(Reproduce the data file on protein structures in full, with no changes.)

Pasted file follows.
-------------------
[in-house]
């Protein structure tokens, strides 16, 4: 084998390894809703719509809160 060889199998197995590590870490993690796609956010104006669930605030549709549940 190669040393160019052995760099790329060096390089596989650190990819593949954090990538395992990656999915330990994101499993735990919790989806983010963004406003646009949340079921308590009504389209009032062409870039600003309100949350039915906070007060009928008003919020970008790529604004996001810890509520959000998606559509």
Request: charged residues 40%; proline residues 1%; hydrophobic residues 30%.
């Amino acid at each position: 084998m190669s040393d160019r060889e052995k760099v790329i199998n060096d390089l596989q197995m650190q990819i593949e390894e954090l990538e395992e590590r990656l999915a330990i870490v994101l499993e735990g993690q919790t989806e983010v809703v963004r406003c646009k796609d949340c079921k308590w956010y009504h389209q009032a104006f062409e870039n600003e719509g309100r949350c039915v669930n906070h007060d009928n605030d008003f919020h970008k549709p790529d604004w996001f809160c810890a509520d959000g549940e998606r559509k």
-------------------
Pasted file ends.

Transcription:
[in-house]
């Protein structure tokens, strides 16, 4: 084998390894809703719509809160 060889199998197995590590870490993690796609956010104006669930605030549709549940 190669040393160019052995760099790329060096390089596989650190990819593949954090990538395992990656999915330990994101499993735990919790989806983010963004406003646009949340079921308590009504389209009032062409870039600003309100949350039915906070007060009928008003919020970008790529604004996001810890509520959000998606559509």
Request: charged residues 40%; proline residues 1%; hydrophobic residues 30%.
């Amino acid at each position: 084998m190669s040393d160019r060889e052995k760099v790329i199998n060096d390089l596989q197995m650190q990819i593949e390894e954090l990538e395992e590590r990656l999915a330990i870490v994101l499993e735990g993690q919790t989806e983010v809703v963004r406003c646009k796609d949340c079921k308590w956010y009504h389209q009032a104006f062409e870039n600003e719509g309100r949350c039915v669930n906070h007060d009928n605030d008003f919020h970008k549709p790529d604004w996001f809160c810890a509520d959000g549940e998606r559509k």